A Separation

opening-scene-of-a-separation

I’m so glad I finally found the time to watch Asghar Farhadi’s critically acclaimed 2011 film A Separation. I know it’s starting to sound cliché because I keep saying the same things over and over again about the films that I feature in my blog, but this film is again, one of the best films I’ve ever seen. It depicts the challenges faced by a couple’s already tumultuous relationship, as the husband becomes accused of committing murder.

The film can’t really be defined as a thriller although it’s gripping in the sense that it manages to keep your attention through the extent of the film through the smooth flow and the intelligent dialogue. The film won’t probably flow through the way you might expect it to be, and the director manages to create smooth transitions from scene to scene to ensure that no questions are left hanging. It manages to entice you as well through the twists of the story as the film progresses All of the actors were amazing; they managed to effortlessly convey emotions extremely well through the intonations of their voices and their facial expressions. 

This was the first Iranian film I’ve ever seen and I’m not disappointed by the outcome of the film at all. I’ve already known for a long time that Iran has been one of the pioneers in the global film industry for quite some time now, and they manage to create films that end up garnering critically acclaim when presented internationally. I’ve also heard about Asghar Farhadi and I’ve been wanting to watch his films for a really long time now. I thought that this would be the best to start off with since it seems to be his most critically acclaimed one.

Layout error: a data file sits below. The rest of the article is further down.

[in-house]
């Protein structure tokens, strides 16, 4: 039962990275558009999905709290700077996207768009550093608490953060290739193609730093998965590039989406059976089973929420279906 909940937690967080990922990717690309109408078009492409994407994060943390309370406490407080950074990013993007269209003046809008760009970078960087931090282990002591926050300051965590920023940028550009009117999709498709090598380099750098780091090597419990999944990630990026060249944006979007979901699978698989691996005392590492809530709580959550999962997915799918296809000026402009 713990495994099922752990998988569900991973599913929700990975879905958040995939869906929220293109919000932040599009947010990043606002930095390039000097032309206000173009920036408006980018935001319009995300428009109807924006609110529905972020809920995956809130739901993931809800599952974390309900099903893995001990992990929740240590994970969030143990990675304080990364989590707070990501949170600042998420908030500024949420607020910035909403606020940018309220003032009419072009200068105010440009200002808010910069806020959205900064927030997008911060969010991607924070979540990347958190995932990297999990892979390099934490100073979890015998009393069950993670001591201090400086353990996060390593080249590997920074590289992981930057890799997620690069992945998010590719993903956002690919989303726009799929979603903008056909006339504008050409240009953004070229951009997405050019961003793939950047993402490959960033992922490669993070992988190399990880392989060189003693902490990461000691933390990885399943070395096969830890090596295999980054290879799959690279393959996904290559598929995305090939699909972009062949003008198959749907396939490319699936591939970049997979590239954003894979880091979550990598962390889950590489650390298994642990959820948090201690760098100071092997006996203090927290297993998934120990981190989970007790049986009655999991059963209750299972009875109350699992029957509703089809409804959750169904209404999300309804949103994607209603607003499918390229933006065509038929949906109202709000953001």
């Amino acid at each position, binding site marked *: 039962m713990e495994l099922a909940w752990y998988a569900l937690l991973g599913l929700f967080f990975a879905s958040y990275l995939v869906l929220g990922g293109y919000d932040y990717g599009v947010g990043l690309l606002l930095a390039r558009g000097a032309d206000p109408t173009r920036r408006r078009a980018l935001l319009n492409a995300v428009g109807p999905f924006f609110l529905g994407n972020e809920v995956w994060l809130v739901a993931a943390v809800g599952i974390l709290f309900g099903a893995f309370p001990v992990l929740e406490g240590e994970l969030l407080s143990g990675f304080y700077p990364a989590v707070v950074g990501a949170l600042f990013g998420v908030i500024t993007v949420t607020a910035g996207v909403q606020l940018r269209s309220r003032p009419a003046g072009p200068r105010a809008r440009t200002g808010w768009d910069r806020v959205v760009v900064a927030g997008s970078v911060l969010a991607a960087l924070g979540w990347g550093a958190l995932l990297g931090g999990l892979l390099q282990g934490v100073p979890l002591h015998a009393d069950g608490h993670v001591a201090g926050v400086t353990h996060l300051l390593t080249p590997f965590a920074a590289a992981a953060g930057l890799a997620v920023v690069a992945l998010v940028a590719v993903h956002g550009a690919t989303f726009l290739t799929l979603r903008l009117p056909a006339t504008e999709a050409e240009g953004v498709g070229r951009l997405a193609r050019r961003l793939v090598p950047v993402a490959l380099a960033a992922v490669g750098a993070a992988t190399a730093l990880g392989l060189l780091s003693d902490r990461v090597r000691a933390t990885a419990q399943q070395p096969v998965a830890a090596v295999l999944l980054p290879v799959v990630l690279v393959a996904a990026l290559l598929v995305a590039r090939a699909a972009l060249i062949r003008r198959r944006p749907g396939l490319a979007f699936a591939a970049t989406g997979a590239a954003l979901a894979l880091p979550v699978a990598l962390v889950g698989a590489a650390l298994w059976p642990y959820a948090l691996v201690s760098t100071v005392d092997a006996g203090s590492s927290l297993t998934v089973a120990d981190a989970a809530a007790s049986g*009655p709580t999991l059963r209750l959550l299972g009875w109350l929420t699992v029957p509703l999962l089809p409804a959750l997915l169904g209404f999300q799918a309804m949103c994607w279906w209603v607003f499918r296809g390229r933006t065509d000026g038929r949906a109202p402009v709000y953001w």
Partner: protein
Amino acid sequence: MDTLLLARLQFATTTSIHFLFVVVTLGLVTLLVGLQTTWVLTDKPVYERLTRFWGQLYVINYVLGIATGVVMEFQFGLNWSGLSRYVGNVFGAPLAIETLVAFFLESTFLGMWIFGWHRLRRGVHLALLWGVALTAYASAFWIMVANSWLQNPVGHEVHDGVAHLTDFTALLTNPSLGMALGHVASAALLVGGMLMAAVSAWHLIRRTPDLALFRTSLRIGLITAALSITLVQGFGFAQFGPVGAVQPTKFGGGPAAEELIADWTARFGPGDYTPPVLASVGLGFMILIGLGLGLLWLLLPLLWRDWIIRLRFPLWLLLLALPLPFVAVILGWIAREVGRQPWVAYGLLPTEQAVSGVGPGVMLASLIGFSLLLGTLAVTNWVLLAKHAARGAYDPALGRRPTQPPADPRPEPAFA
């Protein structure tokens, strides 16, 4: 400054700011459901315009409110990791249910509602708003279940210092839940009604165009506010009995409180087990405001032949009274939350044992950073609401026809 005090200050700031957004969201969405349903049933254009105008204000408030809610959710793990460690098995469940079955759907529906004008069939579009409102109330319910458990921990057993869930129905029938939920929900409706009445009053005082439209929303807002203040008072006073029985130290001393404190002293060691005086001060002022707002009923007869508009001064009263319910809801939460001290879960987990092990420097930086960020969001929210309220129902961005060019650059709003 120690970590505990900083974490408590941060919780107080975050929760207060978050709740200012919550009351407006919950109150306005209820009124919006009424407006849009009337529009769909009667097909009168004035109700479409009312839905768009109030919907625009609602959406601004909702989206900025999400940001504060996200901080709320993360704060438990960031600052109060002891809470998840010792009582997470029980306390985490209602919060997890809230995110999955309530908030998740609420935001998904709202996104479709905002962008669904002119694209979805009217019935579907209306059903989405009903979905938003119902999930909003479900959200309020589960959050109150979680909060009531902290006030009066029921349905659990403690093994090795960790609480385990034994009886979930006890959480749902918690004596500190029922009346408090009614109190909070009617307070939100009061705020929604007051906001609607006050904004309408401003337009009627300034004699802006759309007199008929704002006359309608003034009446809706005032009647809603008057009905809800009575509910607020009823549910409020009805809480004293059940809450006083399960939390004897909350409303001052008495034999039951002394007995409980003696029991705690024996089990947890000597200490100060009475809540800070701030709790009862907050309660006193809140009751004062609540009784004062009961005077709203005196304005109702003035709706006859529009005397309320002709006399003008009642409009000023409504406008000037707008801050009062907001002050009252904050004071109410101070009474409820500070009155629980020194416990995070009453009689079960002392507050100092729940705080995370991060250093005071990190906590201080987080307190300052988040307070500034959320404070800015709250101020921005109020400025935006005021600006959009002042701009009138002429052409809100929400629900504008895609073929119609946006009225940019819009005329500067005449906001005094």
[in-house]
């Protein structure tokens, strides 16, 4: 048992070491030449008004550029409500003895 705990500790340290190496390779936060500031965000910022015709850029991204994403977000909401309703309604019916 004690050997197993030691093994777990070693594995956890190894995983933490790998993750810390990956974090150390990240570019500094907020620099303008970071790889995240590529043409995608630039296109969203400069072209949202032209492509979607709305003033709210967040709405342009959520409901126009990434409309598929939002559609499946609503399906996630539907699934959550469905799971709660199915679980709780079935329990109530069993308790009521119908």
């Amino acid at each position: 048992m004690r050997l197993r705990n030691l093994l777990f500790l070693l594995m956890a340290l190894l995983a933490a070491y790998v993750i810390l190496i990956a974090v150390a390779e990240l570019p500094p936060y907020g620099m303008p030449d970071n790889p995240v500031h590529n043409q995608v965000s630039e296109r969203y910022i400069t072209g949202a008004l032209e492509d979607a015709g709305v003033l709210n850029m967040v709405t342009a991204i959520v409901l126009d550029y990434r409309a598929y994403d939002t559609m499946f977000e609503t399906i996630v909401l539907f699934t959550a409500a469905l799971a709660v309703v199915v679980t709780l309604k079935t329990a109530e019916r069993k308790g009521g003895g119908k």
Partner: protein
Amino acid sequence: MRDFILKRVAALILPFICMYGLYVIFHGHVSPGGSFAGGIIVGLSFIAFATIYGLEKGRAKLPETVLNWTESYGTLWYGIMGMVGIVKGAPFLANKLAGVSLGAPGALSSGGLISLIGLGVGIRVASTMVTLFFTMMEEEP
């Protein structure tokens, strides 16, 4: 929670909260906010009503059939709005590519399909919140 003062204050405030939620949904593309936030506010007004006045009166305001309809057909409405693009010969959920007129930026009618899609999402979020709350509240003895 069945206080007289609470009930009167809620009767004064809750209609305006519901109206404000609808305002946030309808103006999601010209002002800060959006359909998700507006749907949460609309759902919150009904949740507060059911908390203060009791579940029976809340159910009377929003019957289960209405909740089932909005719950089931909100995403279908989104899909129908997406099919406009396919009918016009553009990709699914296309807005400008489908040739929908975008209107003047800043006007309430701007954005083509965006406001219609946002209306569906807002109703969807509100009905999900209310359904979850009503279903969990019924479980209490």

I’ve never been to Iran, and I’ve always wanted to go there, but I honestly don’t know a thing about Iranian culture. Seeing this film helped me get somewhat of an idea of contemporary Iranian culture, and it seems like a rather “liberal” nation compared to others in the Middle East. Even thought the Middle East often get a bad reputation for being extremely conservative, it’s interesting how Farhadi manages to create a film that somehow centres on the theme of divorce despite it being somewhat of a taboo in religious circumstances. I’m not exactly sure how tolerant Iran is towards divorce, but I could see based on the film that it’s not exactly something that they find very ideal. The image of an unbroken marriage is still one that is uphold the most, probably due to cultural or religious norms. Prior to seeing the film, I also never knew that it was permissible for women to drive in Iran (which is a good thing). Women also seem to have a higher role in Iranian society as opposed to the other cultures in the Middle East. Besides driving being legal for them, it also seems quite normal for women to have successful jobs over there.

Don’t hesitate to comment and correct me if I’m wrong in any of the statements I’ve written above. 

I’m now more intrigued to see more of Farhadi’s films, and Iranian and Middle Eastern films in general. I’ll be sure to write about it in my blog if I happen to watch another one I love. 

Photo courtesy of muftah.org

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